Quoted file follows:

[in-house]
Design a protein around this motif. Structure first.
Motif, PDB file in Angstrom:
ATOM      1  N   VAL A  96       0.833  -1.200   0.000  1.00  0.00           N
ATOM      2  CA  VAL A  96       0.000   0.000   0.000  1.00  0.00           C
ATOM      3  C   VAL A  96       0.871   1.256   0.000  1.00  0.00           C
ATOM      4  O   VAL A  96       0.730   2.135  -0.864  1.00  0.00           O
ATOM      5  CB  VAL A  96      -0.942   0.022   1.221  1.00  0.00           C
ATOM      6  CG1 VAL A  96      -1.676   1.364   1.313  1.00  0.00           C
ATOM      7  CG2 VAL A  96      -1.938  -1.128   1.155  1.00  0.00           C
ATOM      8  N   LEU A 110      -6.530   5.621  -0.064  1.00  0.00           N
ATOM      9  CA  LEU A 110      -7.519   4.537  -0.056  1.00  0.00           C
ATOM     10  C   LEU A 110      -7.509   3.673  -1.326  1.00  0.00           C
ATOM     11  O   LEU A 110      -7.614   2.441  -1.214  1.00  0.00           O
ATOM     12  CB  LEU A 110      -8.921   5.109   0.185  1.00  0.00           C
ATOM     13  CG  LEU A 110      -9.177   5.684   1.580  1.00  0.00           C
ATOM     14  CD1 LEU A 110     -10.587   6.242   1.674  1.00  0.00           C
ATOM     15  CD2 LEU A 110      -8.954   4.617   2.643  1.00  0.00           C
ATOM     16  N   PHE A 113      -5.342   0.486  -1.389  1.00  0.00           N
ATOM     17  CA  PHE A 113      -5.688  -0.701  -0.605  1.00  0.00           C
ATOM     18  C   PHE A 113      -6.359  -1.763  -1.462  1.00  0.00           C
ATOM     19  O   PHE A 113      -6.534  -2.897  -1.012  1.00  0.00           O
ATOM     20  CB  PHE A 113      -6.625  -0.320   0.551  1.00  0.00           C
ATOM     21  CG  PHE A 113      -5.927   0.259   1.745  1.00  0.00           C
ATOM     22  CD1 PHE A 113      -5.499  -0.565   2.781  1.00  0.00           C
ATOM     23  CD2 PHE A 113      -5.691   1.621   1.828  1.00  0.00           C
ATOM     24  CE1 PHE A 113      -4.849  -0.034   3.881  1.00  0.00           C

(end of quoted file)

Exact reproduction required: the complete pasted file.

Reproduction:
[in-house]
Design a protein around this motif. Structure first.
Motif, PDB file in Angstrom:
ATOM      1  N   VAL A  96       0.833  -1.200   0.000  1.00  0.00           N
ATOM      2  CA  VAL A  96       0.000   0.000   0.000  1.00  0.00           C
ATOM      3  C   VAL A  96       0.871   1.256   0.000  1.00  0.00           C
ATOM      4  O   VAL A  96       0.730   2.135  -0.864  1.00  0.00           O
ATOM      5  CB  VAL A  96      -0.942   0.022   1.221  1.00  0.00           C
ATOM      6  CG1 VAL A  96      -1.676   1.364   1.313  1.00  0.00           C
ATOM      7  CG2 VAL A  96      -1.938  -1.128   1.155  1.00  0.00           C
ATOM      8  N   LEU A 110      -6.530   5.621  -0.064  1.00  0.00           N
ATOM      9  CA  LEU A 110      -7.519   4.537  -0.056  1.00  0.00           C
ATOM     10  C   LEU A 110      -7.509   3.673  -1.326  1.00  0.00           C
ATOM     11  O   LEU A 110      -7.614   2.441  -1.214  1.00  0.00           O
ATOM     12  CB  LEU A 110      -8.921   5.109   0.185  1.00  0.00           C
ATOM     13  CG  LEU A 110      -9.177   5.684   1.580  1.00  0.00           C
ATOM     14  CD1 LEU A 110     -10.587   6.242   1.674  1.00  0.00           C
ATOM     15  CD2 LEU A 110      -8.954   4.617   2.643  1.00  0.00           C
ATOM     16  N   PHE A 113      -5.342   0.486  -1.389  1.00  0.00           N
ATOM     17  CA  PHE A 113      -5.688  -0.701  -0.605  1.00  0.00           C
ATOM     18  C   PHE A 113      -6.359  -1.763  -1.462  1.00  0.00           C
ATOM     19  O   PHE A 113      -6.534  -2.897  -1.012  1.00  0.00           O
ATOM     20  CB  PHE A 113      -6.625  -0.320   0.551  1.00  0.00           C
ATOM     21  CG  PHE A 113      -5.927   0.259   1.745  1.00  0.00           C
ATOM     22  CD1 PHE A 113      -5.499  -0.565   2.781  1.00  0.00           C
ATOM     23  CD2 PHE A 113      -5.691   1.621   1.828  1.00  0.00           C
ATOM     24  CE1 PHE A 113      -4.849  -0.034   3.881  1.00  0.00           C